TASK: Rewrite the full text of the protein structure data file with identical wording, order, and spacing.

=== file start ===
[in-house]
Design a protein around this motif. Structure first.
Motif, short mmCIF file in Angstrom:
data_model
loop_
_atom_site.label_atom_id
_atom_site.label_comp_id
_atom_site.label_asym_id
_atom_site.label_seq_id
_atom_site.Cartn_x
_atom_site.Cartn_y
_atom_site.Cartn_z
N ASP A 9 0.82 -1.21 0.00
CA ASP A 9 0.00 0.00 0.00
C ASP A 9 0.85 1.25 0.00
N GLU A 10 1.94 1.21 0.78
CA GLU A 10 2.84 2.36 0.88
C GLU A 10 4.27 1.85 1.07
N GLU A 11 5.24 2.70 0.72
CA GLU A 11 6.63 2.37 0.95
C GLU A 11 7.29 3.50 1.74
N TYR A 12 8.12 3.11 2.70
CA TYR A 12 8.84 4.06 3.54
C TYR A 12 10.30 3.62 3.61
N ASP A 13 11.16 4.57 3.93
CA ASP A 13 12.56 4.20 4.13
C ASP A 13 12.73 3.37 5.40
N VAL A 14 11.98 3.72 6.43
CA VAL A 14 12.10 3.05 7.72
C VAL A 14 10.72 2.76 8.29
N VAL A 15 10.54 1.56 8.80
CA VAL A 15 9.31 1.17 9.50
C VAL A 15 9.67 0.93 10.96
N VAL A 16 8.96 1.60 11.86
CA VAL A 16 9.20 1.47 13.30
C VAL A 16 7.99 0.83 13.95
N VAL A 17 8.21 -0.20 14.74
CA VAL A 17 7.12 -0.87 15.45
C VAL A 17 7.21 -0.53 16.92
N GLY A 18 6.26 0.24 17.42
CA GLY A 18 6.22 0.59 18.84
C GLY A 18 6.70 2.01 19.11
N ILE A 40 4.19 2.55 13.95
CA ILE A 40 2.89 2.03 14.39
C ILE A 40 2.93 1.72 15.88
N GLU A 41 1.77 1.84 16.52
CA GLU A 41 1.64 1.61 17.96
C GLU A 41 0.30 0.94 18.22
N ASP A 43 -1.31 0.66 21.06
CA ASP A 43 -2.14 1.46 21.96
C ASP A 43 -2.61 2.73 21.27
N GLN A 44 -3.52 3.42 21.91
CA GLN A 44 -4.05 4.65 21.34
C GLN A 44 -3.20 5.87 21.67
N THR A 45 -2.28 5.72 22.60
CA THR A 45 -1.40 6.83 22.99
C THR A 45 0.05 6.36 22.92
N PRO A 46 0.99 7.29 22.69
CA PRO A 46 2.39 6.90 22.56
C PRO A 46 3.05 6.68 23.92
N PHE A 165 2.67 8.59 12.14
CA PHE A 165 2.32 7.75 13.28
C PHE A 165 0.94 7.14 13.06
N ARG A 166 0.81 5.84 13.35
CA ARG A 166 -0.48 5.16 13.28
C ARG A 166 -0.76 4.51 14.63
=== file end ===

[in-house]
Design a protein around this motif. Structure first.
Motif, short mmCIF file in Angstrom:
data_model
loop_
_atom_site.label_atom_id
_atom_site.label_comp_id
_atom_site.label_asym_id
_atom_site.label_seq_id
_atom_site.Cartn_x
_atom_site.Cartn_y
_atom_site.Cartn_z
N ASP A 9 0.82 -1.21 0.00
CA ASP A 9 0.00 0.00 0.00
C ASP A 9 0.85 1.25 0.00
N GLU A 10 1.94 1.21 0.78
CA GLU A 10 2.84 2.36 0.88
C GLU A 10 4.27 1.85 1.07
N GLU A 11 5.24 2.70 0.72
CA GLU A 11 6.63 2.37 0.95
C GLU A 11 7.29 3.50 1.74
N TYR A 12 8.12 3.11 2.70
CA TYR A 12 8.84 4.06 3.54
C TYR A 12 10.30 3.62 3.61
N ASP A 13 11.16 4.57 3.93
CA ASP A 13 12.56 4.20 4.13
C ASP A 13 12.73 3.37 5.40
N VAL A 14 11.98 3.72 6.43
CA VAL A 14 12.10 3.05 7.72
C VAL A 14 10.72 2.76 8.29
N VAL A 15 10.54 1.56 8.80
CA VAL A 15 9.31 1.17 9.50
C VAL A 15 9.67 0.93 10.96
N VAL A 16 8.96 1.60 11.86
CA VAL A 16 9.20 1.47 13.30
C VAL A 16 7.99 0.83 13.95
N VAL A 17 8.21 -0.20 14.74
CA VAL A 17 7.12 -0.87 15.45
C VAL A 17 7.21 -0.53 16.92
N GLY A 18 6.26 0.24 17.42
CA GLY A 18 6.22 0.59 18.84
C GLY A 18 6.70 2.01 19.11
N ILE A 40 4.19 2.55 13.95
CA ILE A 40 2.89 2.03 14.39
C ILE A 40 2.93 1.72 15.88
N GLU A 41 1.77 1.84 16.52
CA GLU A 41 1.64 1.61 17.96
C GLU A 41 0.30 0.94 18.22
N ASP A 43 -1.31 0.66 21.06
CA ASP A 43 -2.14 1.46 21.96
C ASP A 43 -2.61 2.73 21.27
N GLN A 44 -3.52 3.42 21.91
CA GLN A 44 -4.05 4.65 21.34
C GLN A 44 -3.20 5.87 21.67
N THR A 45 -2.28 5.72 22.60
CA THR A 45 -1.40 6.83 22.99
C THR A 45 0.05 6.36 22.92
N PRO A 46 0.99 7.29 22.69
CA PRO A 46 2.39 6.90 22.56
C PRO A 46 3.05 6.68 23.92
N PHE A 165 2.67 8.59 12.14
CA PHE A 165 2.32 7.75 13.28
C PHE A 165 0.94 7.14 13.06
N ARG A 166 0.81 5.84 13.35
CA ARG A 166 -0.48 5.16 13.28
C ARG A 166 -0.76 4.51 14.63